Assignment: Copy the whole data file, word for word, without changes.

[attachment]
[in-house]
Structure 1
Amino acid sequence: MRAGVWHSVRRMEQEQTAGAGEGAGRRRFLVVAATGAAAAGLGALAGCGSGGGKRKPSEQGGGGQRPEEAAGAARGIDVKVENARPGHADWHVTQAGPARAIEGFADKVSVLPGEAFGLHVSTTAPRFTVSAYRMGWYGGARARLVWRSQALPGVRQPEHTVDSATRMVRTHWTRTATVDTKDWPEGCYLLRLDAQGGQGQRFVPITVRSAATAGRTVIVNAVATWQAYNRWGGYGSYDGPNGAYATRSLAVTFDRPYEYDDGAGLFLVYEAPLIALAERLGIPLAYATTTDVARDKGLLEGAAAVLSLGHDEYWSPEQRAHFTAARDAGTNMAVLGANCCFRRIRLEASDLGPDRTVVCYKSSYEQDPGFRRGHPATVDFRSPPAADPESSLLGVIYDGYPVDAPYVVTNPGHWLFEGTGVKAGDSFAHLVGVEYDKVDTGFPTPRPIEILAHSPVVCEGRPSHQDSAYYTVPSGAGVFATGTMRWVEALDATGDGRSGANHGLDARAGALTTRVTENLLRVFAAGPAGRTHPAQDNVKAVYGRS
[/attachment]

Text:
[in-house]
Structure 1
Amino acid sequence: MRAGVWHSVRRMEQEQTAGAGEGAGRRRFLVVAATGAAAAGLGALAGCGSGGGKRKPSEQGGGGQRPEEAAGAARGIDVKVENARPGHADWHVTQAGPARAIEGFADKVSVLPGEAFGLHVSTTAPRFTVSAYRMGWYGGARARLVWRSQALPGVRQPEHTVDSATRMVRTHWTRTATVDTKDWPEGCYLLRLDAQGGQGQRFVPITVRSAATAGRTVIVNAVATWQAYNRWGGYGSYDGPNGAYATRSLAVTFDRPYEYDDGAGLFLVYEAPLIALAERLGIPLAYATTTDVARDKGLLEGAAAVLSLGHDEYWSPEQRAHFTAARDAGTNMAVLGANCCFRRIRLEASDLGPDRTVVCYKSSYEQDPGFRRGHPATVDFRSPPAADPESSLLGVIYDGYPVDAPYVVTNPGHWLFEGTGVKAGDSFAHLVGVEYDKVDTGFPTPRPIEILAHSPVVCEGRPSHQDSAYYTVPSGAGVFATGTMRWVEALDATGDGRSGANHGLDARAGALTTRVTENLLRVFAAGPAGRTHPAQDNVKAVYGRS